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What’s the Difference Between Simple Assault and Aggravated Assault?

Are you facing assault charges in Virginia? If so, the distinction between “simple assault” and “aggravated assault” is more than just a matter of terminology. It could affect the severity of any penalties you might face and how your lawyer strategizes your legal defense.

Although many jurisdictions have separate legal definitions for these two offenses, Virginia has its own specific ways of categorizing and penalizing assaultive behavior. Here’s what you need to know. 

What Is Aggravated Assault in Virginia?

Virginia law does not specifically categorize assault as “aggravated assault” like some other jurisdictions do. Instead, Virginia uses the terms “simple assault” and “assault and battery.”

Virginia law defines simple assault as an intentional act that puts another person in reasonable fear of harmful or offensive contact. Assault, therefore, can occur even without actual physical contact. The mere threat of harm is sufficient for an assault offense.

“Assault and battery,” on the other hand, involves not just a threat but also actual physical contact that causes harm. In this context, “battery” is the crime of physically harming someone else. An assault and battery offense is closer to what people commonly think of as “aggravated assault” in other jurisdictions. Assault and battery involves threatening and then intentionally causing physical harm to another person.

Virginia law provides for various degrees of assault and assault and battery, including specific statutes that enhance penalties if the assault occurs under certain circumstances. For instance, an offender could receive harsher penalties for assault against a law enforcement officer or assault as a hate crime. 

Penalties for Assault Charges in Virginia

The penalties for an assault conviction can vary based on factors like whether the victim belongs to a protected class and whether the defendant has prior convictions. Common assault penalties in Virginia include the following:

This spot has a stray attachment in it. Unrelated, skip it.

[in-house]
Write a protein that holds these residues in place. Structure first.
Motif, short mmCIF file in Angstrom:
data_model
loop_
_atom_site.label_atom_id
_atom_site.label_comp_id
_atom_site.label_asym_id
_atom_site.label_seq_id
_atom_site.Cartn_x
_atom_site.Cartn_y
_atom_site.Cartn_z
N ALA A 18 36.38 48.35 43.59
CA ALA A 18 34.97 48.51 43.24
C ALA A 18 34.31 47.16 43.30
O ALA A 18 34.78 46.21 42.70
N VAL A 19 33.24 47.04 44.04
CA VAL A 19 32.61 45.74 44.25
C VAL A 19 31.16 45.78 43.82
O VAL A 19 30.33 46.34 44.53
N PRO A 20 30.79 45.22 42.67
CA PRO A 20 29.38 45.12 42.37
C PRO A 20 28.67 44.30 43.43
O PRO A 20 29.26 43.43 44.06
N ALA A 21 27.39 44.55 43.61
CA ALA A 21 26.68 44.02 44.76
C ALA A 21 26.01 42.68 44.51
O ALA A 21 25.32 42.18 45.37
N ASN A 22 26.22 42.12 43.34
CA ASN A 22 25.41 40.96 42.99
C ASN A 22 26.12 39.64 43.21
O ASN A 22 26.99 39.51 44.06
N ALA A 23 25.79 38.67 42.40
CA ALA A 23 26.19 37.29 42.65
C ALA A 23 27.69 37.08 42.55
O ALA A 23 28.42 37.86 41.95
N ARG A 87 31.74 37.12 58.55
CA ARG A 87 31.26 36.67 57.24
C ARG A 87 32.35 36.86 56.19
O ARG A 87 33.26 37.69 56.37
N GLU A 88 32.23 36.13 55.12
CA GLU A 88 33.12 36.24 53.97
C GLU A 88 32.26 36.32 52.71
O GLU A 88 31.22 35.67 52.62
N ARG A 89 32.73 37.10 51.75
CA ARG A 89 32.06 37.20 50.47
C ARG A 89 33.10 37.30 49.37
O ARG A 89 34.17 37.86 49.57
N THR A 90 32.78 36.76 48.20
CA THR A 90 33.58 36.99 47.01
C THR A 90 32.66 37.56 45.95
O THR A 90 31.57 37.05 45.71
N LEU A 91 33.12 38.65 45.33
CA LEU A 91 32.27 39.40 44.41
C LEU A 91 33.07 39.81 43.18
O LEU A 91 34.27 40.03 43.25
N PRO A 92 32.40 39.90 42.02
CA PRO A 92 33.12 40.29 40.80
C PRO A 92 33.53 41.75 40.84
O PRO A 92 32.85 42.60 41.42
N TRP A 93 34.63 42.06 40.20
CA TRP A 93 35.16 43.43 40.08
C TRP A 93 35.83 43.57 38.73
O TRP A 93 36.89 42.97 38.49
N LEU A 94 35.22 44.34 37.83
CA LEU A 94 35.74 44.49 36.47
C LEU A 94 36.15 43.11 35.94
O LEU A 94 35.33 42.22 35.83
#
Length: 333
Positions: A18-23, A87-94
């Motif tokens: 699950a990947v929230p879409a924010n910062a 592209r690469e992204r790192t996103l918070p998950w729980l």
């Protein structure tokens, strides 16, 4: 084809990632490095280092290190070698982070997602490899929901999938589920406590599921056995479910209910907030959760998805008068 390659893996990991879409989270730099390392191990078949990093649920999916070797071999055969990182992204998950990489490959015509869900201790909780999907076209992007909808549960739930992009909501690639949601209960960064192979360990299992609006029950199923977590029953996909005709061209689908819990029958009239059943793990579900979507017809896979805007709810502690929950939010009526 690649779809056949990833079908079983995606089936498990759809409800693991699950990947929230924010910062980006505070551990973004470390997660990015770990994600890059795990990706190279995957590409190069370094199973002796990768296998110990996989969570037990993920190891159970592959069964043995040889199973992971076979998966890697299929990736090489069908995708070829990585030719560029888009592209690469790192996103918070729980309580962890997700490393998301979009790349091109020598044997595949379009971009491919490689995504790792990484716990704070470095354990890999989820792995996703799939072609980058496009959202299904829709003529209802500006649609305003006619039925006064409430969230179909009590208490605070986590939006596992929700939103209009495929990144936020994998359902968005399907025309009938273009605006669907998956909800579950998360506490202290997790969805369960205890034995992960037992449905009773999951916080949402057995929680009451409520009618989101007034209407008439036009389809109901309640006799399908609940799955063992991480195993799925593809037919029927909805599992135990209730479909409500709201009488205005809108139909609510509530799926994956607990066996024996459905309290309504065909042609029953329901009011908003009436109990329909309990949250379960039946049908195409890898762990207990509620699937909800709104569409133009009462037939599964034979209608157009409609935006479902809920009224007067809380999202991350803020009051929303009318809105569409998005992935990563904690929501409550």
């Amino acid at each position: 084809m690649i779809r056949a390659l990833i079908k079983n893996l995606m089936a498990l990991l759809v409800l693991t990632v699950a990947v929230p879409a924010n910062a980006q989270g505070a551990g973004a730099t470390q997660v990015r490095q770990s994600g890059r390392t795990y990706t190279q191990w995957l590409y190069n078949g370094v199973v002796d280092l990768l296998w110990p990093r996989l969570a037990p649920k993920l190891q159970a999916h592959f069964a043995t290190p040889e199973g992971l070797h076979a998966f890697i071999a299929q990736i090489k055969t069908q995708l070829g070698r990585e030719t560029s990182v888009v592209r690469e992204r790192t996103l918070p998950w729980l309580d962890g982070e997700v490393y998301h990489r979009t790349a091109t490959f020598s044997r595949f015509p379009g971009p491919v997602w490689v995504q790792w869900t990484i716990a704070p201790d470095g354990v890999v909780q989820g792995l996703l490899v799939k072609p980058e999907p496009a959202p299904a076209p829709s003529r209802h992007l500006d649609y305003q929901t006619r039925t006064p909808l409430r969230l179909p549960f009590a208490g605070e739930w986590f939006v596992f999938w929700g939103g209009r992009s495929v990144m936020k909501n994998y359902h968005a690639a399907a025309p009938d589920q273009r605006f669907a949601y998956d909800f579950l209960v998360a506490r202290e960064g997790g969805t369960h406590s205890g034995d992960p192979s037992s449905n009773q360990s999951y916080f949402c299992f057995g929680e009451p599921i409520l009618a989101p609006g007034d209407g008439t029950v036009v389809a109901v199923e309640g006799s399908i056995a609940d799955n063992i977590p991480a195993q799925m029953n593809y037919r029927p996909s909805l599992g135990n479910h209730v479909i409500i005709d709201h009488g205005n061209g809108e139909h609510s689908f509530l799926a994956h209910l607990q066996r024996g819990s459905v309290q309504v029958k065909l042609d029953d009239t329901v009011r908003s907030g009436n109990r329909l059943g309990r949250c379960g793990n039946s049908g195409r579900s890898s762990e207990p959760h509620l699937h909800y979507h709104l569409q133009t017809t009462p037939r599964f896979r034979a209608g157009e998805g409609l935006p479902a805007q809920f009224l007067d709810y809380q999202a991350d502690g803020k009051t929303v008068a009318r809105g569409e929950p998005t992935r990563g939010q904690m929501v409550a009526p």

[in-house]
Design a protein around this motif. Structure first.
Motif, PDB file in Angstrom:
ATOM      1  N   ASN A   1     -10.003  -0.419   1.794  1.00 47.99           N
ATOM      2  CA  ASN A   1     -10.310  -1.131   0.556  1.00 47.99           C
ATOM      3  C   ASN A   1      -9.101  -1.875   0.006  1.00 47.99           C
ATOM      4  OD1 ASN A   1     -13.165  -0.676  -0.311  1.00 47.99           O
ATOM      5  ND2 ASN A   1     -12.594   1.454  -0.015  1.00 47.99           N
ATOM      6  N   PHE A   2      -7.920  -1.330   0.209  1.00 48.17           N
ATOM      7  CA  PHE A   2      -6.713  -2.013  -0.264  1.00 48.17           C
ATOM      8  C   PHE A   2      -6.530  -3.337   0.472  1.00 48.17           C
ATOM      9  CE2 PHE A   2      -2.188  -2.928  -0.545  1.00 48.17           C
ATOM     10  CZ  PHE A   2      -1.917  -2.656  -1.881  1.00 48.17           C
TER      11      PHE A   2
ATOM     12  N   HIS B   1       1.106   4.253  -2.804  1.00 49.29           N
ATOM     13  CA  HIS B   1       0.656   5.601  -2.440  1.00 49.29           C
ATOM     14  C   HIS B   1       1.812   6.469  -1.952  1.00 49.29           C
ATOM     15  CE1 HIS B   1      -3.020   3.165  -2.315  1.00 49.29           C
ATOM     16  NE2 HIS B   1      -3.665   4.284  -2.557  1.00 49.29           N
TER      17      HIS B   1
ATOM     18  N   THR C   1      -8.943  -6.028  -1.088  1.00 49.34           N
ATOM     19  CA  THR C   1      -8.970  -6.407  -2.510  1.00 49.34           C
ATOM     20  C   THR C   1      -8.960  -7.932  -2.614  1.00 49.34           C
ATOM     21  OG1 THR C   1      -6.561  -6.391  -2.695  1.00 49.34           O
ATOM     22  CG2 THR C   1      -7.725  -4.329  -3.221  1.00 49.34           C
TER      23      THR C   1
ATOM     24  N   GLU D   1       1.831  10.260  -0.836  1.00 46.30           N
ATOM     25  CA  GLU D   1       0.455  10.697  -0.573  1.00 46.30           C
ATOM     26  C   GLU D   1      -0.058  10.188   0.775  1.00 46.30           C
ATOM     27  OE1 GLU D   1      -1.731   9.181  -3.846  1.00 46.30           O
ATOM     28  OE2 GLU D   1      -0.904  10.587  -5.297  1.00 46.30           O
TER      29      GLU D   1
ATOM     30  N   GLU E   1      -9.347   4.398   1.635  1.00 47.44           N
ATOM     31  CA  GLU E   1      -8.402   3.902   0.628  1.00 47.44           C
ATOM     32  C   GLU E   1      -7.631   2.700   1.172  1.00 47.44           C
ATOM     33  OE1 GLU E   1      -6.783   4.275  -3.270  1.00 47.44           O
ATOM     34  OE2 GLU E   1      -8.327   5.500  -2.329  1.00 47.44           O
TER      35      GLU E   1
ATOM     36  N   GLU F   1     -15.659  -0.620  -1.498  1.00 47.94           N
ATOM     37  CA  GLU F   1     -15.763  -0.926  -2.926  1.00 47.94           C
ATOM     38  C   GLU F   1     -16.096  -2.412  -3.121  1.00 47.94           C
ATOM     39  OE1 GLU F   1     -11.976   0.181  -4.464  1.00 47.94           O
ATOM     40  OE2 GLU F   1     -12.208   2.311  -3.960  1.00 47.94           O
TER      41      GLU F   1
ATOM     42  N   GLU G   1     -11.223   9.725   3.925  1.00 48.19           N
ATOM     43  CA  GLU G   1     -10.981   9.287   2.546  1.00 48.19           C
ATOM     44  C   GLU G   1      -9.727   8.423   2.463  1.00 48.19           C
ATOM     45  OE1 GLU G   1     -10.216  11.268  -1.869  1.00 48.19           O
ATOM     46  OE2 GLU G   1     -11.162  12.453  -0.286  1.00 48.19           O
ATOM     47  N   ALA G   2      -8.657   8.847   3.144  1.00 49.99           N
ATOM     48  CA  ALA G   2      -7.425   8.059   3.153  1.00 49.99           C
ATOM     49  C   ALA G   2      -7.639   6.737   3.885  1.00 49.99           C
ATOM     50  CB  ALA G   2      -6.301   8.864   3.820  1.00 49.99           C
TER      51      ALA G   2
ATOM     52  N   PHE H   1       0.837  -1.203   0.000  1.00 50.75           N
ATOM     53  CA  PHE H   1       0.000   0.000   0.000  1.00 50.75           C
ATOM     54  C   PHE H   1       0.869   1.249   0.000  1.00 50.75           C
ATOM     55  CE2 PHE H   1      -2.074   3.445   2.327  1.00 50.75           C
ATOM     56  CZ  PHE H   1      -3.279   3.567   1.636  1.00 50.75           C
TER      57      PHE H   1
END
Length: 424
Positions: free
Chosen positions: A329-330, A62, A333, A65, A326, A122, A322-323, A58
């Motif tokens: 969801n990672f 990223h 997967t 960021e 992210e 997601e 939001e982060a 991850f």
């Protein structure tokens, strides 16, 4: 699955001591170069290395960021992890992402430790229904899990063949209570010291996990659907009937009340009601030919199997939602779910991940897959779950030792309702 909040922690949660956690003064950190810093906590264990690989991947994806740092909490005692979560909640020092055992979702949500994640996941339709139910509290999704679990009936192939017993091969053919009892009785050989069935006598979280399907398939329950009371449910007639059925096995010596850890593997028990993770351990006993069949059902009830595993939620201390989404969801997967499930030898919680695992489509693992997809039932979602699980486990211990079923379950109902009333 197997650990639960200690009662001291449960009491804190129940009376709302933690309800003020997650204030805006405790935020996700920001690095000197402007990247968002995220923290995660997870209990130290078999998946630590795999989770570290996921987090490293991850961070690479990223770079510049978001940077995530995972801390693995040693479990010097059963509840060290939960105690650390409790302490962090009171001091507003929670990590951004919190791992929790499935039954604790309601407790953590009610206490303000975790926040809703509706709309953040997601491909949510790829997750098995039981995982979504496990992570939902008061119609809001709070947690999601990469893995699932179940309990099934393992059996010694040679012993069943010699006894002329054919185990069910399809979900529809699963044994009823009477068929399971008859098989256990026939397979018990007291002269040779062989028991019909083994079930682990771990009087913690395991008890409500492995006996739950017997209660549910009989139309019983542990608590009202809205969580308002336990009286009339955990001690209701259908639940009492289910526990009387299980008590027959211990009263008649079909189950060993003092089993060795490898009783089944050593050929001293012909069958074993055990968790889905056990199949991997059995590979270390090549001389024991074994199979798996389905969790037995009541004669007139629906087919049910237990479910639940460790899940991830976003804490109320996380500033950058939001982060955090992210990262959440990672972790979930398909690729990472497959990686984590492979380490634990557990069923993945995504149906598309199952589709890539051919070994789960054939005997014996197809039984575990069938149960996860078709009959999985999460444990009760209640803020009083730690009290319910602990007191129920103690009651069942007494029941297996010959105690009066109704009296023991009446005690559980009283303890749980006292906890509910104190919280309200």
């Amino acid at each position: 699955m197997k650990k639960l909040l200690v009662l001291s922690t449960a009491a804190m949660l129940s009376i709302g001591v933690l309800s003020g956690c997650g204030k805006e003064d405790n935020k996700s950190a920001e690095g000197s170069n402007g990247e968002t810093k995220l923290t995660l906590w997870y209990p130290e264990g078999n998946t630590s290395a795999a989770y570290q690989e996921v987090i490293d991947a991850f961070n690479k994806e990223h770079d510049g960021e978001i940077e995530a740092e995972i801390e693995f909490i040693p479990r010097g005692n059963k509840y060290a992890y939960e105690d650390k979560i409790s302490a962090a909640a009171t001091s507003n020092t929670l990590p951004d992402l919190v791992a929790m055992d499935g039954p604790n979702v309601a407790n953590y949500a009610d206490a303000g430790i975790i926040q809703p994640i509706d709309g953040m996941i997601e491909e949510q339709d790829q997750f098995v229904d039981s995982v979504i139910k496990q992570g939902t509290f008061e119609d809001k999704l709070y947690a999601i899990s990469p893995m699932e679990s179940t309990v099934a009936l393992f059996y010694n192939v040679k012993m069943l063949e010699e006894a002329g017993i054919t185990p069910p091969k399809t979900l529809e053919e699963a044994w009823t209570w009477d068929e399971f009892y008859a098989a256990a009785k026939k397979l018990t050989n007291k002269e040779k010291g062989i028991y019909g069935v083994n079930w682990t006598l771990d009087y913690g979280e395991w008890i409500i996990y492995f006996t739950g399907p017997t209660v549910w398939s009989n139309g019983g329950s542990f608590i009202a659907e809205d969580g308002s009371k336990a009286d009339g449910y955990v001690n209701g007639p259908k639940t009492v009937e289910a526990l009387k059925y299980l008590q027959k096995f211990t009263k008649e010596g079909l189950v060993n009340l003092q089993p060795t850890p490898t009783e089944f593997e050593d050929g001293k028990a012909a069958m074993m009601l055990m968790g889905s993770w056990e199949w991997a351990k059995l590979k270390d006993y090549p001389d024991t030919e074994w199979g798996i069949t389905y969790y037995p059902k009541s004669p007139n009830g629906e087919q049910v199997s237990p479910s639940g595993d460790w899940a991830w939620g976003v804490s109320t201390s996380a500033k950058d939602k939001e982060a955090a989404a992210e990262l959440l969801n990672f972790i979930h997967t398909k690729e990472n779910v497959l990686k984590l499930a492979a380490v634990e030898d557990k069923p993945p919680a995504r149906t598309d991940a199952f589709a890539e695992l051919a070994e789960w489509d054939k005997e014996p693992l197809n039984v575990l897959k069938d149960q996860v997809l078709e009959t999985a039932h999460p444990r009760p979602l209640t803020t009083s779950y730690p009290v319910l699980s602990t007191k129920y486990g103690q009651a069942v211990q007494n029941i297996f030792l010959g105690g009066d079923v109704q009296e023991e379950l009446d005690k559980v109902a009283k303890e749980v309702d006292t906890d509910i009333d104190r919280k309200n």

• Misdemeanor Penalties: Simple assault and assault and battery are Class 1 misdemeanors in Virginia. Penalties can include up to 12 months in jail and a fine of up to $2,500.
  • Felony Penalties: In some cases, what might ordinarily be a misdemeanor assault can be elevated to a felony, particularly if a weapon is used or if the assault results in severe injury. Felonies carry more severe penalties, including extended periods of imprisonment.
  • Assault on Specific Individuals: Assaulting certain individuals, such as law enforcement officers, teachers, or healthcare providers, can result in enhanced penalties like mandatory minimums.
  • Hate Crime Enhancements: If a court finds the assault was motivated by race, religion, or other protected characteristics, additional penalties could apply.
  • Probation: Even if jail time is not mandated, a defendant may be placed on probation, requiring them to meet conditions like attending anger management courses or abstaining from alcohol.
  • Restitution: The court might order a defendant to pay restitution to the victim, covering costs like medical bills or property damage related to the assault.
  • Criminal Record: A conviction will likely result in a criminal record, which can have long-lasting implications, including difficulties in finding employment or housing. 

How an Assault Defense Lawyer Can Help

Assault charges can have serious consequences, ranging from jail time and fines to long-term implications for your personal and professional life. A qualified defense attorney can employ various strategies to defend against these charges.

Here are some ways your defense lawyer can help:

  • Analyzing your situation and identifying weaknesses in the prosecution’s case
  • Conducting a thorough investigation and collecting evidence to support your defense
  • Engaging in pre-trial negotiations to possibly reduce or dismiss charges
  • Representing you at trial by cross-examining witnesses and presenting evidence
  • Employing specific legal defenses, such as self-defense or lack of intent, to protect your rights
  • Advocating for a more lenient sentence by presenting mitigating circumstances or alternatives
  • Guiding you through post-conviction processes like appeals or expungement 

Contact the Defense Team at Shannon & Associates Now

Need legal help in the face of an assault charge in Virginia? Look no further than Shannon & Associates. Contact our experienced defense team now at (757) 228-5529 to discuss your case in a confidential consultation session.

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